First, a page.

30 November 2012

West Africa: Nexim and Ecowas Inter-Regional Trade

Inter-regional trade within West African countries has continued to remain low, partly due to lack of road network to link the countries in the sub-region and partly because of high cost of moving goods from one country to the other.

Because of the high cost of clearing goods at ports, states within the sub-region engage in more trades with Europe and American than among themselves.

Another reason why trade volume between the countries in the sub-region is low is because of the low quality of what is produced. For instance, Nigerian exporters were paying attention to the American market and Europe, but they didn't have the new or clean technology to be able to produce goods that will make them competitive in those markets.

To strengthen trade relations with the African sub-region, the idea of having what is called sea link was conceived to ease trade relations within the ECOWAS sub region. This was extended to the Central African region due to the high trade volume that also go on there.

The sea link project is private sector driven in terms of ownership and operations. Many private sector operators have so far shown interest to invest in this project. The Nigerian Export-Import (NEXIM) Bank is the facilitator of the project.

The justification for the sea link, according to the promoters has to do with the challenges of road infrastructure as well as absence of rail link within the region. It is also needed because of a comparative low budgetary cost and short implementation timeline for the sealink project compared to either a regional road or rail projects.

In Nigeria, just like in many other West African countries, a lot of informal trade, is going on and they need to be developed so that whatever is produced can meet international standards.

What is required involves a product or process of machinery that will encourage Nigerian exporters to export within the sub-region.

NEXIM and others in 2010 developed the ECOWAS support trade facility, which is meant to achieve two purposes, one is to formalise trade since there is a lot of informal trade in the sub-region.

A typical example of how informal trades are not accounted for in the region is where a group of people have been doing some particular business over the years without a record to show for it.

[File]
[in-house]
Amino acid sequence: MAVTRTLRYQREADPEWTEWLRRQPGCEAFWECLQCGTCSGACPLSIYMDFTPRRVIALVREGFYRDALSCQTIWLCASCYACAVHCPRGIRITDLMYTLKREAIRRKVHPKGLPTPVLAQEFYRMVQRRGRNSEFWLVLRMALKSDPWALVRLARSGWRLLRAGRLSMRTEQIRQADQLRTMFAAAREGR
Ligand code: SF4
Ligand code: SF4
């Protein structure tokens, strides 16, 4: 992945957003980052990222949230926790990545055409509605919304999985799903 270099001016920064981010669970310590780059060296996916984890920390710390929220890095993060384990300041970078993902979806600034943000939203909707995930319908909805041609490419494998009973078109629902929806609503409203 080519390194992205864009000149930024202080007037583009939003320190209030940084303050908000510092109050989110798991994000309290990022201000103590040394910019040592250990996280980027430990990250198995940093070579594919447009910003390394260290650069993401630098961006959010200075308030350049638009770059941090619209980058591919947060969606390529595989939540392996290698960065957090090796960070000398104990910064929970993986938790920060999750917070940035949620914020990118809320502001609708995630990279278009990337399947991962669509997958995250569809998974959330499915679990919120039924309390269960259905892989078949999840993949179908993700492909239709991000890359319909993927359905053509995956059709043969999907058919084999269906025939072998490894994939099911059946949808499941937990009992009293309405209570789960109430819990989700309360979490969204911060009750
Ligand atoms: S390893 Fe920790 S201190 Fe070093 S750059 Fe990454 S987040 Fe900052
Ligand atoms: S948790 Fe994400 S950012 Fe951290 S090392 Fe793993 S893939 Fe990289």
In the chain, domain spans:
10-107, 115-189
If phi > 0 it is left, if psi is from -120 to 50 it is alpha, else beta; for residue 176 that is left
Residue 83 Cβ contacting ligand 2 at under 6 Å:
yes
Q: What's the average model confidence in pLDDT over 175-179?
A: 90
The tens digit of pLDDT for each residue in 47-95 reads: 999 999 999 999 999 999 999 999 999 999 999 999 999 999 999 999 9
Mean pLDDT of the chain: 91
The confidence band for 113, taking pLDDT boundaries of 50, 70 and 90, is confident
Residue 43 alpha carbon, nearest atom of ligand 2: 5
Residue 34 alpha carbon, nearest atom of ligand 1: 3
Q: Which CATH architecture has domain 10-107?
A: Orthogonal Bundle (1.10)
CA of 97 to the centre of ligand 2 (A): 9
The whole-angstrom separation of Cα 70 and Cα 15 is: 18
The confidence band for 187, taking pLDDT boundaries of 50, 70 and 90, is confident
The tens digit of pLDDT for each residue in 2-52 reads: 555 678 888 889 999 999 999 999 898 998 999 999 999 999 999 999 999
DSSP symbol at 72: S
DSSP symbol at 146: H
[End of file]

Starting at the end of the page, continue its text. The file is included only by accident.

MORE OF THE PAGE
Because the trades are not formalized, it becomes hard for regulators to promote them. These same people walk across borders, sell their goods, put their cash in their pockets and walk back.

The idea of the sea link could help in formalizing such transactions, encourage them by deepening the payment system and urging them to begin to make payment through the banking channel.

NEXIM said it is developing a strategy which requires support to make export more competitive by 2013- 2014. This way, NEXIM can be able to support potential buyers of Nigerian products.

"This means that for instance, if you are manufacturing in Nigeria to sell to somebody in Ghana who unfortunately does not have the financial capability, we should be able to support that person in Ghana to buy your goods," the Managing Director of NEXIM Robert Orya had said.

But NEXIM can only do that if exporters are encouraged to begin to make payments through the banking channel. There is now an ECOWAS support trade facility for that.

But a greater challenge is the time taken to move goods from one end to the other. For instance, to move goods from Apapa to Tema port in Ghana, will take a minimum of 60 days.

What happens is that under that situation, it is will be very difficult to enhance the trade volume of non-oil because the goods will first go to Europe and then a trans shipment is done to bring them to Tema Ports in Ghana.

This problem happens both within the West and Central Africa. The level of trade that goes on between Aba - from people that are producing shoes and leather products - and the West Coast is huge.

"But you cannot enhance the trade volumes because we don't have a shipping line that can move these goods. If you have five containers that take you like six or seven days, first it will eat into your margin, and secondly you won't be able to have your trade volumes," the managing director of NEXIM said.

When the sea link is operational, it is possible to enhance Nigeria's present 8 percent of the total non-oil export within Africa to may be about 15 or 20 percent.

Copyright © 2012 Daily Trust. All rights reserved. Distributed by AllAfrica Global Media (allAfrica.com). To contact the copyright holder directly for corrections — or for permission to republish or make other authorized use of this material, click here.

AllAfrica publishes around 2,000 reports a day from more than 130 news organizations and over 200 other institutions and individuals, representing a diversity of positions on every topic. We publish news and views ranging from vigorous opponents of governments to government publications and spokespersons. Publishers named above each report are responsible for their own content, which AllAfrica does not have the legal right to edit or correct.

Articles and commentaries that identify allAfrica.com as the publisher are produced or commissioned by AllAfrica. To address comments or complaints, please Contact us.